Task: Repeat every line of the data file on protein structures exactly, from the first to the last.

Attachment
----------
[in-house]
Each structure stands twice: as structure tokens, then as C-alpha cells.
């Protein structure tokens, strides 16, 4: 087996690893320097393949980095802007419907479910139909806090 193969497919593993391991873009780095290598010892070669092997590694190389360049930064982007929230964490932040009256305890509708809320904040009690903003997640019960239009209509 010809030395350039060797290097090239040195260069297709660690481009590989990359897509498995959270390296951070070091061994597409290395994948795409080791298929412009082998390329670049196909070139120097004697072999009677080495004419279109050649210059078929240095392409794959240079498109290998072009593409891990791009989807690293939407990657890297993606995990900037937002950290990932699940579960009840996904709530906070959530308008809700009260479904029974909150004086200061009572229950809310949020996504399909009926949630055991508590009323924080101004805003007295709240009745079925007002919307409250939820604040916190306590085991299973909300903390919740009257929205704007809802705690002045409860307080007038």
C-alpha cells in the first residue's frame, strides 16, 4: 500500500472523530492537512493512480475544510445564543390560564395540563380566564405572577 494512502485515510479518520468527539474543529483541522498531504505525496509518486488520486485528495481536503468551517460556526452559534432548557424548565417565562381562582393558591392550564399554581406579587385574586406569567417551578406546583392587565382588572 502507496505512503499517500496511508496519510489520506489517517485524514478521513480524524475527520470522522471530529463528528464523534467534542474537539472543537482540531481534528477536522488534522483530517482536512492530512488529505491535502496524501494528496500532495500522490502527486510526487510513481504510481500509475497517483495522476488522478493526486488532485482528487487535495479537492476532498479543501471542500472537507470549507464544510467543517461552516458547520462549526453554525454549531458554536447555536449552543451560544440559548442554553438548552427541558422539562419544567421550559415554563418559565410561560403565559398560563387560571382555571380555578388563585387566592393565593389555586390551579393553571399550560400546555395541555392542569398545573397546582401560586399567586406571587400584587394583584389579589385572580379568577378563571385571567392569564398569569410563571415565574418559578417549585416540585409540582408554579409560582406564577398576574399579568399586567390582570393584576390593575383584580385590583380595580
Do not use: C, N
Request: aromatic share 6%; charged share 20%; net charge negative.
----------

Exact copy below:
[in-house]
Each structure stands twice: as structure tokens, then as C-alpha cells.
């Protein structure tokens, strides 16, 4: 087996690893320097393949980095802007419907479910139909806090 193969497919593993391991873009780095290598010892070669092997590694190389360049930064982007929230964490932040009256305890509708809320904040009690903003997640019960239009209509 010809030395350039060797290097090239040195260069297709660690481009590989990359897509498995959270390296951070070091061994597409290395994948795409080791298929412009082998390329670049196909070139120097004697072999009677080495004419279109050649210059078929240095392409794959240079498109290998072009593409891990791009989807690293939407990657890297993606995990900037937002950290990932699940579960009840996904709530906070959530308008809700009260479904029974909150004086200061009572229950809310949020996504399909009926949630055991508590009323924080101004805003007295709240009745079925007002919307409250939820604040916190306590085991299973909300903390919740009257929205704007809802705690002045409860307080007038």
C-alpha cells in the first residue's frame, strides 16, 4: 500500500472523530492537512493512480475544510445564543390560564395540563380566564405572577 494512502485515510479518520468527539474543529483541522498531504505525496509518486488520486485528495481536503468551517460556526452559534432548557424548565417565562381562582393558591392550564399554581406579587385574586406569567417551578406546583392587565382588572 502507496505512503499517500496511508496519510489520506489517517485524514478521513480524524475527520470522522471530529463528528464523534467534542474537539472543537482540531481534528477536522488534522483530517482536512492530512488529505491535502496524501494528496500532495500522490502527486510526487510513481504510481500509475497517483495522476488522478493526486488532485482528487487535495479537492476532498479543501471542500472537507470549507464544510467543517461552516458547520462549526453554525454549531458554536447555536449552543451560544440559548442554553438548552427541558422539562419544567421550559415554563418559565410561560403565559398560563387560571382555571380555578388563585387566592393565593389555586390551579393553571399550560400546555395541555392542569398545573397546582401560586399567586406571587400584587394583584389579589385572580379568577378563571385571567392569564398569569410563571415565574418559578417549585416540585409540582408554579409560582406564577398576574399579568399586567390582570393584576390593575383584580385590583380595580
Do not use: C, N
Request: aromatic share 6%; charged share 20%; net charge negative.